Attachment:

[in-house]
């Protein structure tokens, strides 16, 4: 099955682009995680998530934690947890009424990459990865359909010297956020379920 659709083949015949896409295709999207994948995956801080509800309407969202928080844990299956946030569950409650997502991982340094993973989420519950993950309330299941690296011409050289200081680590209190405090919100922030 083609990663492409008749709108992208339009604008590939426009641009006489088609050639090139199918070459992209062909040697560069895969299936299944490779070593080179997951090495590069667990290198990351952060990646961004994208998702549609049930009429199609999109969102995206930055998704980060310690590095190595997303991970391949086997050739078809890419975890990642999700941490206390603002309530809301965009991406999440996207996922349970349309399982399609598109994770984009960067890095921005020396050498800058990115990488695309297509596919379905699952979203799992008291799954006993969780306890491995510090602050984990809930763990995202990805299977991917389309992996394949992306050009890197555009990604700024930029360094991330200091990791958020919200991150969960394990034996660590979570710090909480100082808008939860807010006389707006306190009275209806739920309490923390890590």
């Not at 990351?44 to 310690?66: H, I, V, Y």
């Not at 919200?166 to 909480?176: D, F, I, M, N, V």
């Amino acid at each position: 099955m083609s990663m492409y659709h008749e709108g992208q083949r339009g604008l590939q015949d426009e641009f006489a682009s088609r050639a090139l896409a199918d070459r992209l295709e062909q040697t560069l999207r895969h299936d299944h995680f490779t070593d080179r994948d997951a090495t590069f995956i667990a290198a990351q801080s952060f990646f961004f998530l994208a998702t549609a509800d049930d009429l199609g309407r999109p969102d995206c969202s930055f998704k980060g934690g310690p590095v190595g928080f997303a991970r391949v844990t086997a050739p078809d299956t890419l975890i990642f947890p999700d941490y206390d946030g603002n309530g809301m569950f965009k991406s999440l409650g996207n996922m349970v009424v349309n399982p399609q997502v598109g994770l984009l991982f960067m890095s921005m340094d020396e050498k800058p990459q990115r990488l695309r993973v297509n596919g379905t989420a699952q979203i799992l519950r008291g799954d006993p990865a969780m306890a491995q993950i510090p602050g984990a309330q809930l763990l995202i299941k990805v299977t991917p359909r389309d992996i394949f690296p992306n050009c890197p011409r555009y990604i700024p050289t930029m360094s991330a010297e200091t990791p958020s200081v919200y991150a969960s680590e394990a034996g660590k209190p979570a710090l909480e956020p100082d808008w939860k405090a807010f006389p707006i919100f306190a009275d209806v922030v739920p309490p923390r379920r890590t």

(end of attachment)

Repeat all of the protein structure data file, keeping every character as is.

[in-house]
């Protein structure tokens, strides 16, 4: 099955682009995680998530934690947890009424990459990865359909010297956020379920 659709083949015949896409295709999207994948995956801080509800309407969202928080844990299956946030569950409650997502991982340094993973989420519950993950309330299941690296011409050289200081680590209190405090919100922030 083609990663492409008749709108992208339009604008590939426009641009006489088609050639090139199918070459992209062909040697560069895969299936299944490779070593080179997951090495590069667990290198990351952060990646961004994208998702549609049930009429199609999109969102995206930055998704980060310690590095190595997303991970391949086997050739078809890419975890990642999700941490206390603002309530809301965009991406999440996207996922349970349309399982399609598109994770984009960067890095921005020396050498800058990115990488695309297509596919379905699952979203799992008291799954006993969780306890491995510090602050984990809930763990995202990805299977991917389309992996394949992306050009890197555009990604700024930029360094991330200091990791958020919200991150969960394990034996660590979570710090909480100082808008939860807010006389707006306190009275209806739920309490923390890590």
């Not at 990351?44 to 310690?66: H, I, V, Y």
């Not at 919200?166 to 909480?176: D, F, I, M, N, V």
């Amino acid at each position: 099955m083609s990663m492409y659709h008749e709108g992208q083949r339009g604008l590939q015949d426009e641009f006489a682009s088609r050639a090139l896409a199918d070459r992209l295709e062909q040697t560069l999207r895969h299936d299944h995680f490779t070593d080179r994948d997951a090495t590069f995956i667990a290198a990351q801080s952060f990646f961004f998530l994208a998702t549609a509800d049930d009429l199609g309407r999109p969102d995206c969202s930055f998704k980060g934690g310690p590095v190595g928080f997303a991970r391949v844990t086997a050739p078809d299956t890419l975890i990642f947890p999700d941490y206390d946030g603002n309530g809301m569950f965009k991406s999440l409650g996207n996922m349970v009424v349309n399982p399609q997502v598109g994770l984009l991982f960067m890095s921005m340094d020396e050498k800058p990459q990115r990488l695309r993973v297509n596919g379905t989420a699952q979203i799992l519950r008291g799954d006993p990865a969780m306890a491995q993950i510090p602050g984990a309330q809930l763990l995202i299941k990805v299977t991917p359909r389309d992996i394949f690296p992306n050009c890197p011409r555009y990604i700024p050289t930029m360094s991330a010297e200091t990791p958020s200081v919200y991150a969960s680590e394990a034996g660590k209190p979570a710090l909480e956020p100082d808008w939860k405090a807010f006389p707006i919100f306190a009275d209806v922030v739920p309490p923390r379920r890590t």